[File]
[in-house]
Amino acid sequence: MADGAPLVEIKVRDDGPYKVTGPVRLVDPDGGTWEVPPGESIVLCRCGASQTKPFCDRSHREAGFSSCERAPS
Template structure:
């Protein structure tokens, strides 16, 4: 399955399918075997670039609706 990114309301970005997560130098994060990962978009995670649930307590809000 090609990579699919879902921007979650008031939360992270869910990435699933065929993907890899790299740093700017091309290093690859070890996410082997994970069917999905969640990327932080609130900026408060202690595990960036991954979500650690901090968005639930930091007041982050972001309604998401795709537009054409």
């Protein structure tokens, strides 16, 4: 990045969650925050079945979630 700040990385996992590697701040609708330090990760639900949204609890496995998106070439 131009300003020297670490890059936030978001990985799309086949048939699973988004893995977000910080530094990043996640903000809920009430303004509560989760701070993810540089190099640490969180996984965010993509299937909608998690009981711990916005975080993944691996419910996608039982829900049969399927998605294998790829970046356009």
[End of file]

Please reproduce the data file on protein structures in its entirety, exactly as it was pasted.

[in-house]
Amino acid sequence: MADGAPLVEIKVRDDGPYKVTGPVRLVDPDGGTWEVPPGESIVLCRCGASQTKPFCDRSHREAGFSSCERAPS
Template structure:
């Protein structure tokens, strides 16, 4: 399955399918075997670039609706 990114309301970005997560130098994060990962978009995670649930307590809000 090609990579699919879902921007979650008031939360992270869910990435699933065929993907890899790299740093700017091309290093690859070890996410082997994970069917999905969640990327932080609130900026408060202690595990960036991954979500650690901090968005639930930091007041982050972001309604998401795709537009054409």
């Protein structure tokens, strides 16, 4: 990045969650925050079945979630 700040990385996992590697701040609708330090990760639900949204609890496995998106070439 131009300003020297670490890059936030978001990985799309086949048939699973988004893995977000910080530094990043996640903000809920009430303004509560989760701070993810540089190099640490969180996984965010993509299937909608998690009981711990916005975080993944691996419910996608039982829900049969399927998605294998790829970046356009």